4/2/14

KENT, Ohio (AP) — An order for students and faculty members to shelter in place following the firing of a gunshot at a northeastern Ohio university has been lifted for all buildings on campus.

A Kent State University spokeswoman says a male suspect fired the shot into the ground Wednesday night near Bowman Hall, an academic building. No injuries have been reported.

The university advised people to stay put while police searched for the shooter, who was carrying a silver handgun. It later lifted the advisory for all buildings including Bowman Hall.

University police are handling the investigation and the search for the shooter.

Kent State is a public research university located in Kent, a city of about 30,000 residents. It was the site of deadly shootings by Ohio National Guardsmen during a Vietnam War protest in 1970.
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Psalm 51:17
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« Reply #57 on: April 10, 2014, 06:55:22 pm »

http://www.10tv.com/content/stories/2014/04/10/columbus-shooting-liberty-elementary-school.html
4/10/14
Two People Shot Near Columbus Elementary & High School

At least two people were reportedly shot near schools in southeast Columbus.

The victims were located in an area near Liberty Elementary School and Independence High School on Whitlow Road in southeast Columbus.

The incident was reported around 3:30 p.m. Thursday afternoon.

According to police at the scene, a fight led up to the shooting. At least one person of interest was being interviewed.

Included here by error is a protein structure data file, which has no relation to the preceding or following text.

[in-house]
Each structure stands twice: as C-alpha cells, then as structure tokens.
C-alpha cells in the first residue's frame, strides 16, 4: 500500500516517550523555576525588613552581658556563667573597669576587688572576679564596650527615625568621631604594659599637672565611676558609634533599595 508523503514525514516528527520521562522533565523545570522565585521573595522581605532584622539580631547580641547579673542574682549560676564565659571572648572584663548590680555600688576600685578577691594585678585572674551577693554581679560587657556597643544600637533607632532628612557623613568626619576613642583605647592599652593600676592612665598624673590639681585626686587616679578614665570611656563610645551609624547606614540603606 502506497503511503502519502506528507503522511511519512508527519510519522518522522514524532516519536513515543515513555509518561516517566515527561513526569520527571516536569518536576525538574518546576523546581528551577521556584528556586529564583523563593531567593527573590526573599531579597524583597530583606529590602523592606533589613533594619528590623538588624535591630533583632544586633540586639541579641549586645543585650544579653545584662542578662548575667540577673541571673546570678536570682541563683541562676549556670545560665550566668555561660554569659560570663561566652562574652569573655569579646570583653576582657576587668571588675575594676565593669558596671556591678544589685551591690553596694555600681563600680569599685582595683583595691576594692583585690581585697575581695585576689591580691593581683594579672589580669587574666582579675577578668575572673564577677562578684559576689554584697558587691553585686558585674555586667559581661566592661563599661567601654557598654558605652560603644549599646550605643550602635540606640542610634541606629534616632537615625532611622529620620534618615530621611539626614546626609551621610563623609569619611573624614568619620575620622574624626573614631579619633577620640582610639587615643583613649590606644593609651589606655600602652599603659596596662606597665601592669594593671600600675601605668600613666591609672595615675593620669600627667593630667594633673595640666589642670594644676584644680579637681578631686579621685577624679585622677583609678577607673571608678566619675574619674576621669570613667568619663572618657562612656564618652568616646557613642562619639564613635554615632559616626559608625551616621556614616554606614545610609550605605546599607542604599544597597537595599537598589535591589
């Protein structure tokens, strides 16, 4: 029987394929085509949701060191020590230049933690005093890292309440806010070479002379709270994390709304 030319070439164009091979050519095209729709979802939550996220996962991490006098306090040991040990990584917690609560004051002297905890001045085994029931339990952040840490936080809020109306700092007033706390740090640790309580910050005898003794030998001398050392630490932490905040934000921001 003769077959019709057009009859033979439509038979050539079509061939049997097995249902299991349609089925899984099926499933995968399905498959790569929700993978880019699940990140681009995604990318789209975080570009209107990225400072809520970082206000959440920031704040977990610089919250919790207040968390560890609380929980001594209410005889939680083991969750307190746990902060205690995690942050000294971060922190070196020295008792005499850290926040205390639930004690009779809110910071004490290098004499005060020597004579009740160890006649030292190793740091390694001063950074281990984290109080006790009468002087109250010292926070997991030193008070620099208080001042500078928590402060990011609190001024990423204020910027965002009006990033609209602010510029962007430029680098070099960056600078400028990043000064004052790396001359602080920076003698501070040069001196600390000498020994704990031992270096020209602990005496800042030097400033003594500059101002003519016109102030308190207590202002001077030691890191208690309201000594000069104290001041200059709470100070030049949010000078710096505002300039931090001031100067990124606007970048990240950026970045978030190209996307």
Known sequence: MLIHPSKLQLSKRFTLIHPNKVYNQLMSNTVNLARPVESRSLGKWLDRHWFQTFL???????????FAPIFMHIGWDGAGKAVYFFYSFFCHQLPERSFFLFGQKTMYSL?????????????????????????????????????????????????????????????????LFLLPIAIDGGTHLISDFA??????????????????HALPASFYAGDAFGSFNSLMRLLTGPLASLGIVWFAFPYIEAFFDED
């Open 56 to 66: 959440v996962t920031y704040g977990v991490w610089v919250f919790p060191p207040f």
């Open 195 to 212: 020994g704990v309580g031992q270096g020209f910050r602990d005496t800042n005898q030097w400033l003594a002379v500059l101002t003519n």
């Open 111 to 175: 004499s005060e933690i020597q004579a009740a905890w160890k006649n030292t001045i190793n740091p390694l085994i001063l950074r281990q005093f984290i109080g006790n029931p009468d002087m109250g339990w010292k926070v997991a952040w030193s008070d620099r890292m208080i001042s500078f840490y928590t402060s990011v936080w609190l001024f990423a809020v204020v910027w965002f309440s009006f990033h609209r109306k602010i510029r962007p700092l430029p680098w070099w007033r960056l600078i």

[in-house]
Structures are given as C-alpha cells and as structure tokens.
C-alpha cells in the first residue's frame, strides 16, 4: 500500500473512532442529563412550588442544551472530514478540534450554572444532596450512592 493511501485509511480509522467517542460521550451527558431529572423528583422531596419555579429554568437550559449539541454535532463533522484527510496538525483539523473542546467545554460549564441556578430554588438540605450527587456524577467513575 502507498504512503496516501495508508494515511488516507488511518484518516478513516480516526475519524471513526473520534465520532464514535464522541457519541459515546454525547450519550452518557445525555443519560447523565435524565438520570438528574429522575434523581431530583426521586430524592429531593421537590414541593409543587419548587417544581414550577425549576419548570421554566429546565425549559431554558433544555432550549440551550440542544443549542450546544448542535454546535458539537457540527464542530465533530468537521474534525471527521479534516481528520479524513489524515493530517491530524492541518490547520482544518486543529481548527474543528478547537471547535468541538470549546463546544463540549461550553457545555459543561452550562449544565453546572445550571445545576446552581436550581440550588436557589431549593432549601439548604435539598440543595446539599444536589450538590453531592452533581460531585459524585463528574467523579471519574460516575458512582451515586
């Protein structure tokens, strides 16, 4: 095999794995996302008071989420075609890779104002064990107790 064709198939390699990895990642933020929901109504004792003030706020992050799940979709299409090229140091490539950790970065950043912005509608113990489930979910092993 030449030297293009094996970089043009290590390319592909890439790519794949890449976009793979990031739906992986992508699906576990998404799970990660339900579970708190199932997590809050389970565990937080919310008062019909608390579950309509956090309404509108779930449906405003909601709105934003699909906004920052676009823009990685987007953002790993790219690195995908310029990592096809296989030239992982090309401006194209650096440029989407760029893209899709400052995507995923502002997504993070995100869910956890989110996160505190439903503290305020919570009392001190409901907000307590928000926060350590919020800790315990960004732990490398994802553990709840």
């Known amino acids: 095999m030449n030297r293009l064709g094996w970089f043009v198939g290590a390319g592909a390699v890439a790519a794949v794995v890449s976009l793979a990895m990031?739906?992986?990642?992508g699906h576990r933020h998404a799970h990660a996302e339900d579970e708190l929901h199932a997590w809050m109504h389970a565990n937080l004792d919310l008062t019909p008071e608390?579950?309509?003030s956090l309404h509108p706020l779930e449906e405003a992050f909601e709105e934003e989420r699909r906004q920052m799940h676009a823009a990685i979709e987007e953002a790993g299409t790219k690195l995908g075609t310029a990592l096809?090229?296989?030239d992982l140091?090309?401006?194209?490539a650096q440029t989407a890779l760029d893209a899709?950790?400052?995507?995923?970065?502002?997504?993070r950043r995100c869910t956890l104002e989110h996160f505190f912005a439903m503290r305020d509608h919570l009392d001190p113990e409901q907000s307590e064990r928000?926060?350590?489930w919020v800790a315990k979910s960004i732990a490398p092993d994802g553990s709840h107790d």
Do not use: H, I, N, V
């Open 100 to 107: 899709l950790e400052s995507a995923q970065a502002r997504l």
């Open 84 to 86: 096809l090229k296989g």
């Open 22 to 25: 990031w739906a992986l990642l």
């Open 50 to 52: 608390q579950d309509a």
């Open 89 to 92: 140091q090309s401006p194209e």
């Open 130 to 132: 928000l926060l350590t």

Columbus Police say neither of the two victims are affiliated with Liberty Elementary or Independence High School.

The high school students were already dismissed for the day.

The elementary school was in the process of letting out. Students and staff still present at Liberty Elementary were placed on lockdown, but that order was lifted Thursday evening.

One 20-year-old victim with a gunshot wound to the foot was transported to Grant Medical Center in stable condition.  A 14-year-old was shot in the leg and was taken to Nationwide Children's Hospital in critical condition.

The names of the injured people were not immediately released.
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« Reply #58 on: April 13, 2014, 02:46:55 am »

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The victims were located in an area near Liberty Elementary School and Independence High School...Columbus Police say neither of the two victims are affiliated with Liberty Elementary or Independence High School.

And neither was the incident, yet the author made sure they mentioned a school somehow.

I hate articles that try to make something of what's not there.
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« Reply #59 on: April 13, 2014, 09:05:35 am »

And neither was the incident, yet the author made sure they mentioned a school somehow.

I hate articles that try to make something of what's not there.

Yeah, that was kind of the point in posting it here - this is an example of how they're spinning something to make it look like it's just that(but not even close), for obvious reasons(gun control agenda).